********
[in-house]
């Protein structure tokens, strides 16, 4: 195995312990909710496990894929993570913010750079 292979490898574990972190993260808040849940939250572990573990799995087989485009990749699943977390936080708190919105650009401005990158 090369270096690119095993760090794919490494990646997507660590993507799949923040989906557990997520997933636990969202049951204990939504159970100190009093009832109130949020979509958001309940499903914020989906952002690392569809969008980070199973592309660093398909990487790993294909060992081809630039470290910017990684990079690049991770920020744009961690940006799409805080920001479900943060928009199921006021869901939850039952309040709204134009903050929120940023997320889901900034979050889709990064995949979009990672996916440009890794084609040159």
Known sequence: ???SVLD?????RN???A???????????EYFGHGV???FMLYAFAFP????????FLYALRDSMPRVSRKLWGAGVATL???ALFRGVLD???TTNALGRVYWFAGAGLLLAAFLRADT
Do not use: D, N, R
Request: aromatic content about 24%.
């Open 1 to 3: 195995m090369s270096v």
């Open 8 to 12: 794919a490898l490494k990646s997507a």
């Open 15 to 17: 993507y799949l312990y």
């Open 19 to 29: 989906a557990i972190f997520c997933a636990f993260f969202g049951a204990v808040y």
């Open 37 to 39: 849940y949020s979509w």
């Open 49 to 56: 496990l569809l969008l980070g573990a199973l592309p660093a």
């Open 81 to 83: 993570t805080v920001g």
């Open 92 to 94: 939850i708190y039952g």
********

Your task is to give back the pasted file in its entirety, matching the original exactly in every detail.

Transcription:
[in-house]
């Protein structure tokens, strides 16, 4: 195995312990909710496990894929993570913010750079 292979490898574990972190993260808040849940939250572990573990799995087989485009990749699943977390936080708190919105650009401005990158 090369270096690119095993760090794919490494990646997507660590993507799949923040989906557990997520997933636990969202049951204990939504159970100190009093009832109130949020979509958001309940499903914020989906952002690392569809969008980070199973592309660093398909990487790993294909060992081809630039470290910017990684990079690049991770920020744009961690940006799409805080920001479900943060928009199921006021869901939850039952309040709204134009903050929120940023997320889901900034979050889709990064995949979009990672996916440009890794084609040159």
Known sequence: ???SVLD?????RN???A???????????EYFGHGV???FMLYAFAFP????????FLYALRDSMPRVSRKLWGAGVATL???ALFRGVLD???TTNALGRVYWFAGAGLLLAAFLRADT
Do not use: D, N, R
Request: aromatic content about 24%.
């Open 1 to 3: 195995m090369s270096v």
């Open 8 to 12: 794919a490898l490494k990646s997507a």
């Open 15 to 17: 993507y799949l312990y």
């Open 19 to 29: 989906a557990i972190f997520c997933a636990f993260f969202g049951a204990v808040y």
């Open 37 to 39: 849940y949020s979509w």
């Open 49 to 56: 496990l569809l969008l980070g573990a199973l592309p660093a």
């Open 81 to 83: 993570t805080v920001g």
């Open 92 to 94: 939850i708190y039952g």